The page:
Today we got a new team and a new assignment. This time, we’re supposed to make a serious game using Unity. Like last time, I am the only producer with three engineers and two artists (one of whom is a technical artist).
The idea we came up with that we all seem pretty excited about and dedicated to is a game that teaches non-programmer high school students the concepts of debugging a program. To do that, players will help a band who’s instruments are coming from the factory totally messed up. Players will look at the instructions the factory is using for the instruments, find where it’s not working, and fix it so that the factory starts making awesome instruments for the awesome band.
This is actually the strongest concept coming out of the gate yet for me, I think. I feel like everyone is behind this one even more than my first two prototypes and as long as we stay flexible and work hard we should have a pretty solid prototype come four weeks.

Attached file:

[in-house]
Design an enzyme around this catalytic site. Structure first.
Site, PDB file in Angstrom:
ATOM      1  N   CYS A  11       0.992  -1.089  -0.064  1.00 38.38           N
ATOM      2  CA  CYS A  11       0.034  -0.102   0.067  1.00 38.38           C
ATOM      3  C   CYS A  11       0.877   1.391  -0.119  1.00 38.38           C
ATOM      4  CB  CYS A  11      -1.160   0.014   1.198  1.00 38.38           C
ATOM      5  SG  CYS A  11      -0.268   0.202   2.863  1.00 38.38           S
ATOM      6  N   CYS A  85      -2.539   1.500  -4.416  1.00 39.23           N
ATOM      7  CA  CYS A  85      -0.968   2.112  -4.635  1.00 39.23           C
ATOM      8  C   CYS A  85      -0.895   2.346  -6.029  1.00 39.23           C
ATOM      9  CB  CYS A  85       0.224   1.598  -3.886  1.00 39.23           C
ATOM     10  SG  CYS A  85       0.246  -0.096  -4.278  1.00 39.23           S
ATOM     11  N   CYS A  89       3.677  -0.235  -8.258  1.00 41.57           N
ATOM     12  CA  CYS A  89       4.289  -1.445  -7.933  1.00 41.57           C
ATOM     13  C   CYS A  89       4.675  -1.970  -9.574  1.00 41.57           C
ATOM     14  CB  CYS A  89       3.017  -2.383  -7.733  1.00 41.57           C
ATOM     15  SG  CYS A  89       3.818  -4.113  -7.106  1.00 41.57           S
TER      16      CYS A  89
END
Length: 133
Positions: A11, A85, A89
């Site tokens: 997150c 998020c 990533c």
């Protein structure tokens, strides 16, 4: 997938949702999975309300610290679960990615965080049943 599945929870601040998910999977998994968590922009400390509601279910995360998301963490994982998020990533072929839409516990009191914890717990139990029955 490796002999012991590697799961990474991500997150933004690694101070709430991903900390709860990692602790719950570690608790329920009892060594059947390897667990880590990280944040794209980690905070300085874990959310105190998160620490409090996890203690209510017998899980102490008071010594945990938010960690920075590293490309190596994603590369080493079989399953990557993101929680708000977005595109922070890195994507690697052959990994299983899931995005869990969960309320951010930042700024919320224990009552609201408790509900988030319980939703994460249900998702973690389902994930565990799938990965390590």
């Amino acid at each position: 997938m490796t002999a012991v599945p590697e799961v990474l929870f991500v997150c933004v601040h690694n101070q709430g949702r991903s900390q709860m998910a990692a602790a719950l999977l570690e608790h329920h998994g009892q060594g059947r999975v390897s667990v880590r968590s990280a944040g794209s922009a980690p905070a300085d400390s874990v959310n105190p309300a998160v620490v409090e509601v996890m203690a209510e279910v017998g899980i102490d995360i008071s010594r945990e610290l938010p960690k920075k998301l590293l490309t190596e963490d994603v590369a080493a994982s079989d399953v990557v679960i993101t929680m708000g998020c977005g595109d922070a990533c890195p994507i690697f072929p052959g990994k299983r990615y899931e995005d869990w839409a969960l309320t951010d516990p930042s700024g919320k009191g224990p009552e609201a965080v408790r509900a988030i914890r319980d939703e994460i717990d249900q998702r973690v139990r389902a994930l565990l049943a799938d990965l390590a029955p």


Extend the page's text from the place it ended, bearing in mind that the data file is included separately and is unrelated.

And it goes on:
One reason for this success is definitely the design box session we had. Roger taught us today how the design box works, writing the technology, audience, aesthetics, and problem/mechanic then pitching only ideas that satisfy all those restraints. It went really well in our team for it being our first time trying it out. Here’s the results:
It definitely helped us to understand we were targeting high school students and we knew we wanted to appeal equally to boys and girls, especially since coding is still so male-dominant and we don’t want to reinforce that. It also helped us a lot to figure out how we wanted the user to feel–challenged, but empowered and smart when they succeed, included, accepted, and smart. I think if we can just keep this work we did on the design box in mind (part of my job as the producer, for sure), it’ll guide us to a much better game than we would have had otherwise.